Today, we feature a sneak peek of David Antrobus’ memoir, Dissolute Kinship: A 9/11 Road Trip.
When David Antrobus set out on a personal, reflective solo road trip from the Pacific Coast of Canada to New York City, he picked a random date: Tuesday, September 11, 2001. This coincidence, despite the horrors of that day, proved oddly serendipitous in the sense of the author’s struggle for understanding of his own relatively small trauma, which he was then only beginning to face.
Evocations of the quiet melancholy of the landscape alongside poignant descriptions of grain elevators, motels, convenience stores and gas stations as he heads eastward across the Canadian Prairies are complemented by the dawning reality of New York City’s wounded presence looming ever nearer. Upon arrival, the author is at first haunted by the visceral horrors that remain just days after the attacks on the World Trade Centre, yet finds unexpected comfort in the people of the city as they relate their own personal trauma stories.
Here is an excerpt from Dissolute Kinship: A 9/11 Road Trip:
On September 11, 2001 – the day we were forced to re-evaluate our relationship with America, and therefore the world – I set out on a quest that would lead me from the Pacific Coast of Canada to New York City, and back again. By journey’s end, I would have covered over 14,000 kilometres, but the distance I was to cover across my emotional landscape has yet to be fully evaluated.
A flurry of memories. Those first inklings that something wasn’t right, whisperings from morning radios, 7:00 am Pacific time, tickling the back of consciousness. Something about missing airplanes – did the announcer just say eight of them? Turning on the TV despite it being a Tuesday, a school day. That primal shock warring with the shrill internal argument of denial. And the images of small things falling from massive towers like embers, or like leaves. (They couldn’t be people. No. No. They couldn’t be people.) The last-second adjustment of something shiny-grey and predatory as it banked and slid seemingly without sound or effort through something that had previously appeared solid. Oddly slow blooms of fire, cauliflower heads of smoke. Television talking heads. These images. Trying to make sense. Mostly failing.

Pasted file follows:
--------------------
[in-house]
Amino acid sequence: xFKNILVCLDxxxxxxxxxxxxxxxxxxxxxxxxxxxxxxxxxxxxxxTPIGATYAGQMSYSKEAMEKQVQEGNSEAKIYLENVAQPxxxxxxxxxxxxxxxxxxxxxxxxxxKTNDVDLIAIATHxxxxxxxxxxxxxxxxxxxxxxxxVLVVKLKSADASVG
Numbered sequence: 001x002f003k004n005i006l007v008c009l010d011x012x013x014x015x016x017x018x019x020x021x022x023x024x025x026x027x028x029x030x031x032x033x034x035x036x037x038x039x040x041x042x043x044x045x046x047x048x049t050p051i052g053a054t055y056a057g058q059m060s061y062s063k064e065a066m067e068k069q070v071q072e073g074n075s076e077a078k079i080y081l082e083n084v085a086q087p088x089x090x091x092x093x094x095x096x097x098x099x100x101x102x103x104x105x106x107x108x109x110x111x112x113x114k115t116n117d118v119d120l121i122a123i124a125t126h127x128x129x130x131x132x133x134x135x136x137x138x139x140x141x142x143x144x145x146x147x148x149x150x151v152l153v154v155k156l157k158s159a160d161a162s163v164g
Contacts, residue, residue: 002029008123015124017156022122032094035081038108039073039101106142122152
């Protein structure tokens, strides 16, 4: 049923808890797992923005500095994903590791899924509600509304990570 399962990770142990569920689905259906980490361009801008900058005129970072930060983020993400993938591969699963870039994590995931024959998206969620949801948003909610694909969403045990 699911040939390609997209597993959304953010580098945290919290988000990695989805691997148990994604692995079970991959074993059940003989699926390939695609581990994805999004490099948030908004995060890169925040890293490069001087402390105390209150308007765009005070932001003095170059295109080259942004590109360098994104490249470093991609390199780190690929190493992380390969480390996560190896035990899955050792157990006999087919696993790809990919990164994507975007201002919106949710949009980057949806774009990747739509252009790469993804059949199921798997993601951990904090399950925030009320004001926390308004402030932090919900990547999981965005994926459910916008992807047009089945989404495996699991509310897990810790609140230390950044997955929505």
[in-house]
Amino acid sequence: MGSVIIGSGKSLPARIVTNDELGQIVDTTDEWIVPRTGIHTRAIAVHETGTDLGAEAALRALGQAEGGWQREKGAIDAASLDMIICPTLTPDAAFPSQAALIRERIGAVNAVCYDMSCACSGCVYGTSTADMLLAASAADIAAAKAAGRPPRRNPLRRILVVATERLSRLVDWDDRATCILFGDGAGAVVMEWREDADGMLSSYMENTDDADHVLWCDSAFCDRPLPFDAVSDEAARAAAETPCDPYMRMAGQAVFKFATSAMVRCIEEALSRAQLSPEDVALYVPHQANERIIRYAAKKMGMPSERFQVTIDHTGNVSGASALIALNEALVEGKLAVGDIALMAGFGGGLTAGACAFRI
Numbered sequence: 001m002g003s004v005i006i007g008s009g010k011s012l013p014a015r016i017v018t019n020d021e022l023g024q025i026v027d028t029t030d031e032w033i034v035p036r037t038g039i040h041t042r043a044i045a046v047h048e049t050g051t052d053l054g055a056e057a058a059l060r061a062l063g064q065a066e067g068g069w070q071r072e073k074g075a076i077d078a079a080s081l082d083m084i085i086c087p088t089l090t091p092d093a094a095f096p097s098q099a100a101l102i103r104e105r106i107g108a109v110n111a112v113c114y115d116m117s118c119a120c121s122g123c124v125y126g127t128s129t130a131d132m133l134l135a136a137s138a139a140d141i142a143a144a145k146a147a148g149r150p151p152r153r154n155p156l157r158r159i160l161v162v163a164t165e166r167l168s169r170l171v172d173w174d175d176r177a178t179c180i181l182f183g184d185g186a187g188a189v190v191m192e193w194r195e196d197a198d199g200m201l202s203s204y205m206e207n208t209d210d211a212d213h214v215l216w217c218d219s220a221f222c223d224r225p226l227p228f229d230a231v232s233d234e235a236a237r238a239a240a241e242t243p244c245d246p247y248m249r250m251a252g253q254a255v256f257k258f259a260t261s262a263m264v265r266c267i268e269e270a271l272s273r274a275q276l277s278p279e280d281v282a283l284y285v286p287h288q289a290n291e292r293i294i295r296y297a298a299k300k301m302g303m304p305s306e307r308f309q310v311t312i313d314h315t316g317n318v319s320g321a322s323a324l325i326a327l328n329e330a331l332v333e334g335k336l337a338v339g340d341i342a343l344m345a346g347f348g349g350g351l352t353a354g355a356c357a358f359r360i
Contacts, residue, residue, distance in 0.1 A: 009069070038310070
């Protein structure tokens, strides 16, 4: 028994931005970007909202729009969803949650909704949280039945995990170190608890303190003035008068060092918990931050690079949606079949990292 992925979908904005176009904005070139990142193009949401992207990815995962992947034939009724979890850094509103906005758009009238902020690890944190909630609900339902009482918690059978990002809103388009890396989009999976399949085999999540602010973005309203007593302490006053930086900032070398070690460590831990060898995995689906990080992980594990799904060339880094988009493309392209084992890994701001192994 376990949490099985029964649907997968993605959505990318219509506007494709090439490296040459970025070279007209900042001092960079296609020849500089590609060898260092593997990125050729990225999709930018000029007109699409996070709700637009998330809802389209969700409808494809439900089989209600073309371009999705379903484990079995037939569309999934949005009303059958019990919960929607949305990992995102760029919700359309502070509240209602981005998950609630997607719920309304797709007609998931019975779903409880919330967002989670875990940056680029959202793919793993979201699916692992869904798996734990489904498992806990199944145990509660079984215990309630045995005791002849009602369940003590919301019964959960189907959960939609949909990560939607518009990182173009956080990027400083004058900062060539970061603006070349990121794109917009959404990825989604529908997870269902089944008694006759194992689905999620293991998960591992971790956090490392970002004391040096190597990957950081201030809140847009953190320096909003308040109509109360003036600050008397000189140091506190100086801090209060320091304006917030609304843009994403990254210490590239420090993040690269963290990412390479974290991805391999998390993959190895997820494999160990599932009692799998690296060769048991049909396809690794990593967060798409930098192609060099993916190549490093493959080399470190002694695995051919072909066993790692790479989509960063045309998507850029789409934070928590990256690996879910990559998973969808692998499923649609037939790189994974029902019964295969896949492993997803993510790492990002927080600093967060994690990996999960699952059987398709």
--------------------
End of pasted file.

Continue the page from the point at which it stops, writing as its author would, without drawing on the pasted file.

One man, a retired airline pilot I believe, still haunts my dreams with his gaunt face and pinched frenetic eyes as he explained the kind of piloting skills required to do what we had apparently just witnessed. Grimacing in his struggle for words, he whispered almost guilelessly, “this is the day the rains came.”
On the day the rains came, then, the open road called to me and I set out eastward to cross this huge continent, not even sure whether the border crossings – any of them – would be reopened any time soon. As it turned out, I stayed on the Canadian side all the way to the Western Shore of Lake Superior, a four-day drive.